A staple in Mediterranean, Middle Eastern and African diets, couscous is made from semolina and water. Cooked couscous has a fluffy texture and mild flavor that pairs well with a variety of seasonings and dishes. Although couscous is traditionally prepared in a special pot known as a couscousier, you can cook couscous quickly with nothing more than water boiled in the microwave. Serve cooked couscous mixed with chopped vegetables and olive oil as a salad; as a side dish for grilled meat, poultry or fish; or as a bed for stews and braises.
Measure the couscous into a medium-sized, heat-proof bowl. Plan on 1 cup of dry couscous yielding approximately 4 cups of cooked couscous.
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Pour water, broth or a combination into a glass measuring cup or small heat-proof bowl. Use about 1 cup of total liquid for every cup of dry couscous.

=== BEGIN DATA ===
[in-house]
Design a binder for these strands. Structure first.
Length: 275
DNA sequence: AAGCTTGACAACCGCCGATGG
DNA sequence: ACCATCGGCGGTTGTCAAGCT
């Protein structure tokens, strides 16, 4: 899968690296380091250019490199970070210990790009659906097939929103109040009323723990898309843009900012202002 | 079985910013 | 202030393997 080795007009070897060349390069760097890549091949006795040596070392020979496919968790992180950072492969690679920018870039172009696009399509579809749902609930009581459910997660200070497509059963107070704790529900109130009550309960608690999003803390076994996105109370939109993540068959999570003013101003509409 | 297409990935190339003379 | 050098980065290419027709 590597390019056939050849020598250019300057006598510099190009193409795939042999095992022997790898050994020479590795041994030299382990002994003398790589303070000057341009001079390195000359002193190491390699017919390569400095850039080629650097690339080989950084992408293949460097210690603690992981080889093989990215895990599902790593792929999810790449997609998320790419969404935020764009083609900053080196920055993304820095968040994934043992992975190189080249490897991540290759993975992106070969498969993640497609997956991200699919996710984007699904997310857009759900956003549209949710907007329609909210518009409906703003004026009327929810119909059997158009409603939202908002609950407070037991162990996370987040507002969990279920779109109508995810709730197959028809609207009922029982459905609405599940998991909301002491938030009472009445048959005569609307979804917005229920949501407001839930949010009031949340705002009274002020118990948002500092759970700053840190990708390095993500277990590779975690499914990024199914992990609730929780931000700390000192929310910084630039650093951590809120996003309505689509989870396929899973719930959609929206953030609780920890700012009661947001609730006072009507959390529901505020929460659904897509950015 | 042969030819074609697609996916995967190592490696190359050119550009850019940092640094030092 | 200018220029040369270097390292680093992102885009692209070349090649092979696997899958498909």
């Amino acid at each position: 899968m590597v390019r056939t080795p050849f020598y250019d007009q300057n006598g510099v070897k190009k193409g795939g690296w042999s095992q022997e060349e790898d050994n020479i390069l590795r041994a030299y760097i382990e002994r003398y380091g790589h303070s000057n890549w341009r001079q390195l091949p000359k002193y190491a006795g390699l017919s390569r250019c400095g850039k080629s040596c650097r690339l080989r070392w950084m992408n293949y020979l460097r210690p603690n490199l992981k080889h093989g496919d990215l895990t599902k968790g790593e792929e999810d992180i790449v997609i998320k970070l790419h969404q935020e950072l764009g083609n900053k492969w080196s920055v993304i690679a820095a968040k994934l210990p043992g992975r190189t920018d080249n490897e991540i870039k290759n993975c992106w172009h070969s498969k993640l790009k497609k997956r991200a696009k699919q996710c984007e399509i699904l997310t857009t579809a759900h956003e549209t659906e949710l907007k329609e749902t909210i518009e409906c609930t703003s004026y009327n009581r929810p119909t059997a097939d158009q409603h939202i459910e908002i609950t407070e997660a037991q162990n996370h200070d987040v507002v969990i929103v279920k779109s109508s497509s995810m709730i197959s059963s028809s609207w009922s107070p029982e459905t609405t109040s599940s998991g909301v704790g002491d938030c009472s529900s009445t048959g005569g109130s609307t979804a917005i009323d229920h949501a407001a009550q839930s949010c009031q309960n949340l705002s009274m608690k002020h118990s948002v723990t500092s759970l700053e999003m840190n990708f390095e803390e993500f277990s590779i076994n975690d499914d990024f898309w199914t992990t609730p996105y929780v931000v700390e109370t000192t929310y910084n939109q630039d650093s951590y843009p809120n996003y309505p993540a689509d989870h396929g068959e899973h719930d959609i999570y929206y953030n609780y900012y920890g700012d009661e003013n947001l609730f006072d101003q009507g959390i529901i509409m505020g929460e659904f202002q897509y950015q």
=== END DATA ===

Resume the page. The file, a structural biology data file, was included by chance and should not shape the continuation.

Heat the liquid in the microwave on high until the fluid begins to boil.
Pour the boiling water over the couscous. Use a fork to stir the mixture.
Cover the bowl with plastic wrap. Allow the couscous to sit, undisturbed, for 10 minutes.
Remove the plastic wrap. Use a fork to gently fluff the individual grains before serving.
Things You'll Need
Regular or whole-wheat couscous
Medium-sized, heat-proof bowl
Water, broth or a combination
Glass measuring cup or small heat-proof bowl
For additional flavor, briefly toast the dry couscous in olive oil before adding the boiling liquid. Or add salt, olive oil or both to the liquid prior to boiling.
When you're using couscous in a salad or served with a dish rich in sauce, The Kitchn's Emma Christensen recommends using slightly less liquid to yield drier grains. For moister couscous, experiment with more liquid.
Israeli couscous contains larger grains and requires a different cooking method than regular couscous. Do not attempt to prepare Israeli couscous with liquid boiled in the microwave.